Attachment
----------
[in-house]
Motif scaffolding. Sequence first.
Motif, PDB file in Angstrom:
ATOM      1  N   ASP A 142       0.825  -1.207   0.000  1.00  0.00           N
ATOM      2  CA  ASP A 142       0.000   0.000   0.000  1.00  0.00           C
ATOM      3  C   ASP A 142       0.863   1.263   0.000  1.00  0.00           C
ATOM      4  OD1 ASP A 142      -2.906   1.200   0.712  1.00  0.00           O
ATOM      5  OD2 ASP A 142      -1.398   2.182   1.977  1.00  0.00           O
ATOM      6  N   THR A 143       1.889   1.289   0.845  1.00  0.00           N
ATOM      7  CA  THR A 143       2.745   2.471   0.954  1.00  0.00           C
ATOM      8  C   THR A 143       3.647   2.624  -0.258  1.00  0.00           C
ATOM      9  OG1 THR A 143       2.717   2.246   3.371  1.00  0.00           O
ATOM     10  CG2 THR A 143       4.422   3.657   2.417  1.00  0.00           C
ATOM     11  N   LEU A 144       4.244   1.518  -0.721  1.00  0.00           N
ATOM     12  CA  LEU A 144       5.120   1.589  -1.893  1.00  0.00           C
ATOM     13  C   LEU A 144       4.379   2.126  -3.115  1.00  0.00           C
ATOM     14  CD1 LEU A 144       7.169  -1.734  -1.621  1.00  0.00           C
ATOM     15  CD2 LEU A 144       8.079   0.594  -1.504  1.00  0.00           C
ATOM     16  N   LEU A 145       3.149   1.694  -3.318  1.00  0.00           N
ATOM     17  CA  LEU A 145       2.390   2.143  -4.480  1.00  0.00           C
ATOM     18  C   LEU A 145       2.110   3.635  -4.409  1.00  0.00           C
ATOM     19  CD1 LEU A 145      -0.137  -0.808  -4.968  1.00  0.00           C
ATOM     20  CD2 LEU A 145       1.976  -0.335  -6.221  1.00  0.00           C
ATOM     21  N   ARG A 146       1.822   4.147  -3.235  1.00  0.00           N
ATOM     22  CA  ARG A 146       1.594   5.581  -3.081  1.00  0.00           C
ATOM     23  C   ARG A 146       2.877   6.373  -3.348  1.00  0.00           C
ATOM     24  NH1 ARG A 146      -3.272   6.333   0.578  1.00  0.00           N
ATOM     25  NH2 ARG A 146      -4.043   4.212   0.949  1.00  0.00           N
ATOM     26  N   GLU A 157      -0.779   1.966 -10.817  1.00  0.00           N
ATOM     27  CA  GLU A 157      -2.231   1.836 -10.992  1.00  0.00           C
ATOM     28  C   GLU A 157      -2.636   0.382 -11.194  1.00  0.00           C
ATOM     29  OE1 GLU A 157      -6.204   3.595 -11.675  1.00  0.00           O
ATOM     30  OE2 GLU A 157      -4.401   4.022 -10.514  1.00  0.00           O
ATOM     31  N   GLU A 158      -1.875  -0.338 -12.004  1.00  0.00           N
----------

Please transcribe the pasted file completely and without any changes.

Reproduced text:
[in-house]
Motif scaffolding. Sequence first.
Motif, PDB file in Angstrom:
ATOM      1  N   ASP A 142       0.825  -1.207   0.000  1.00  0.00           N
ATOM      2  CA  ASP A 142       0.000   0.000   0.000  1.00  0.00           C
ATOM      3  C   ASP A 142       0.863   1.263   0.000  1.00  0.00           C
ATOM      4  OD1 ASP A 142      -2.906   1.200   0.712  1.00  0.00           O
ATOM      5  OD2 ASP A 142      -1.398   2.182   1.977  1.00  0.00           O
ATOM      6  N   THR A 143       1.889   1.289   0.845  1.00  0.00           N
ATOM      7  CA  THR A 143       2.745   2.471   0.954  1.00  0.00           C
ATOM      8  C   THR A 143       3.647   2.624  -0.258  1.00  0.00           C
ATOM      9  OG1 THR A 143       2.717   2.246   3.371  1.00  0.00           O
ATOM     10  CG2 THR A 143       4.422   3.657   2.417  1.00  0.00           C
ATOM     11  N   LEU A 144       4.244   1.518  -0.721  1.00  0.00           N
ATOM     12  CA  LEU A 144       5.120   1.589  -1.893  1.00  0.00           C
ATOM     13  C   LEU A 144       4.379   2.126  -3.115  1.00  0.00           C
ATOM     14  CD1 LEU A 144       7.169  -1.734  -1.621  1.00  0.00           C
ATOM     15  CD2 LEU A 144       8.079   0.594  -1.504  1.00  0.00           C
ATOM     16  N   LEU A 145       3.149   1.694  -3.318  1.00  0.00           N
ATOM     17  CA  LEU A 145       2.390   2.143  -4.480  1.00  0.00           C
ATOM     18  C   LEU A 145       2.110   3.635  -4.409  1.00  0.00           C
ATOM     19  CD1 LEU A 145      -0.137  -0.808  -4.968  1.00  0.00           C
ATOM     20  CD2 LEU A 145       1.976  -0.335  -6.221  1.00  0.00           C
ATOM     21  N   ARG A 146       1.822   4.147  -3.235  1.00  0.00           N
ATOM     22  CA  ARG A 146       1.594   5.581  -3.081  1.00  0.00           C
ATOM     23  C   ARG A 146       2.877   6.373  -3.348  1.00  0.00           C
ATOM     24  NH1 ARG A 146      -3.272   6.333   0.578  1.00  0.00           N
ATOM     25  NH2 ARG A 146      -4.043   4.212   0.949  1.00  0.00           N
ATOM     26  N   GLU A 157      -0.779   1.966 -10.817  1.00  0.00           N
ATOM     27  CA  GLU A 157      -2.231   1.836 -10.992  1.00  0.00           C
ATOM     28  C   GLU A 157      -2.636   0.382 -11.194  1.00  0.00           C
ATOM     29  OE1 GLU A 157      -6.204   3.595 -11.675  1.00  0.00           O
ATOM     30  OE2 GLU A 157      -4.401   4.022 -10.514  1.00  0.00           O
ATOM     31  N   GLU A 158      -1.875  -0.338 -12.004  1.00  0.00           N